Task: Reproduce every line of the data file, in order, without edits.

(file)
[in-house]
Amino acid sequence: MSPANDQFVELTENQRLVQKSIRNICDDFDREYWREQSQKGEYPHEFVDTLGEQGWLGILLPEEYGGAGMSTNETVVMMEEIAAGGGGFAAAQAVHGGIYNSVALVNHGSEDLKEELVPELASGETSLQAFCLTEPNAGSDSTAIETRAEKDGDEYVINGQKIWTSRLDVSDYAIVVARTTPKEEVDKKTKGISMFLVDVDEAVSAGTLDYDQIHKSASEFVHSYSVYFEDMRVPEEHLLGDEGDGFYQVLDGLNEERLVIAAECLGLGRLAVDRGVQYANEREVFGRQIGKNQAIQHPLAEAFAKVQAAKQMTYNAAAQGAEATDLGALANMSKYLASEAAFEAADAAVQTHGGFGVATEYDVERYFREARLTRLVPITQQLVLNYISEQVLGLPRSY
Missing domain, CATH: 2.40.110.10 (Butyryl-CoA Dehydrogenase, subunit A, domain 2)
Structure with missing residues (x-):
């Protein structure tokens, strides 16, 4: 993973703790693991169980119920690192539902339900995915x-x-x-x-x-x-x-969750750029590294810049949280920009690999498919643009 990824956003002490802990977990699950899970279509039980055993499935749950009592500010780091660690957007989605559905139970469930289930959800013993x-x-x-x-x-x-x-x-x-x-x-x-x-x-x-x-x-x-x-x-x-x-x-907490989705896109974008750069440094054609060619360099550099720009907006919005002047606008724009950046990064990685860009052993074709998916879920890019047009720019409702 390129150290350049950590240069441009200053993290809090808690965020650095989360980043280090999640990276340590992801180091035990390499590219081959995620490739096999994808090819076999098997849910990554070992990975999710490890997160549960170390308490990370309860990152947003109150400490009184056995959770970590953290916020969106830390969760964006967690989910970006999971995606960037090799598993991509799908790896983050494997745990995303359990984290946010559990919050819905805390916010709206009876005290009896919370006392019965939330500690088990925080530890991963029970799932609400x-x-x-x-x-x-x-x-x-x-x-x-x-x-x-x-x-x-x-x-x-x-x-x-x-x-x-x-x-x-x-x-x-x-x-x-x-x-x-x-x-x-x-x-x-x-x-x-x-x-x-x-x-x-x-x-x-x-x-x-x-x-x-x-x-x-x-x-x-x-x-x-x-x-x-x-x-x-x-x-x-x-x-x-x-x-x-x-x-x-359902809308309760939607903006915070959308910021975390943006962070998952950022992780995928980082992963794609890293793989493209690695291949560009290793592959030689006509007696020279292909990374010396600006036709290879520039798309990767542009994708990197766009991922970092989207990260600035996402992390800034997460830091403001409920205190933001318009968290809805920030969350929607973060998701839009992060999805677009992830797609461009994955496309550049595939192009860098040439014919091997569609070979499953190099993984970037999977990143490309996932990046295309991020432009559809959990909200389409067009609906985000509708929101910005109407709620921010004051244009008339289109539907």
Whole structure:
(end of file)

[in-house]
Amino acid sequence: MSPANDQFVELTENQRLVQKSIRNICDDFDREYWREQSQKGEYPHEFVDTLGEQGWLGILLPEEYGGAGMSTNETVVMMEEIAAGGGGFAAAQAVHGGIYNSVALVNHGSEDLKEELVPELASGETSLQAFCLTEPNAGSDSTAIETRAEKDGDEYVINGQKIWTSRLDVSDYAIVVARTTPKEEVDKKTKGISMFLVDVDEAVSAGTLDYDQIHKSASEFVHSYSVYFEDMRVPEEHLLGDEGDGFYQVLDGLNEERLVIAAECLGLGRLAVDRGVQYANEREVFGRQIGKNQAIQHPLAEAFAKVQAAKQMTYNAAAQGAEATDLGALANMSKYLASEAAFEAADAAVQTHGGFGVATEYDVERYFREARLTRLVPITQQLVLNYISEQVLGLPRSY
Missing domain, CATH: 2.40.110.10 (Butyryl-CoA Dehydrogenase, subunit A, domain 2)
Structure with missing residues (x-):
């Protein structure tokens, strides 16, 4: 993973703790693991169980119920690192539902339900995915x-x-x-x-x-x-x-969750750029590294810049949280920009690999498919643009 990824956003002490802990977990699950899970279509039980055993499935749950009592500010780091660690957007989605559905139970469930289930959800013993x-x-x-x-x-x-x-x-x-x-x-x-x-x-x-x-x-x-x-x-x-x-x-907490989705896109974008750069440094054609060619360099550099720009907006919005002047606008724009950046990064990685860009052993074709998916879920890019047009720019409702 390129150290350049950590240069441009200053993290809090808690965020650095989360980043280090999640990276340590992801180091035990390499590219081959995620490739096999994808090819076999098997849910990554070992990975999710490890997160549960170390308490990370309860990152947003109150400490009184056995959770970590953290916020969106830390969760964006967690989910970006999971995606960037090799598993991509799908790896983050494997745990995303359990984290946010559990919050819905805390916010709206009876005290009896919370006392019965939330500690088990925080530890991963029970799932609400x-x-x-x-x-x-x-x-x-x-x-x-x-x-x-x-x-x-x-x-x-x-x-x-x-x-x-x-x-x-x-x-x-x-x-x-x-x-x-x-x-x-x-x-x-x-x-x-x-x-x-x-x-x-x-x-x-x-x-x-x-x-x-x-x-x-x-x-x-x-x-x-x-x-x-x-x-x-x-x-x-x-x-x-x-x-x-x-x-x-359902809308309760939607903006915070959308910021975390943006962070998952950022992780995928980082992963794609890293793989493209690695291949560009290793592959030689006509007696020279292909990374010396600006036709290879520039798309990767542009994708990197766009991922970092989207990260600035996402992390800034997460830091403001409920205190933001318009968290809805920030969350929607973060998701839009992060999805677009992830797609461009994955496309550049595939192009860098040439014919091997569609070979499953190099993984970037999977990143490309996932990046295309991020432009559809959990909200389409067009609906985000509708929101910005109407709620921010004051244009008339289109539907």
Whole structure: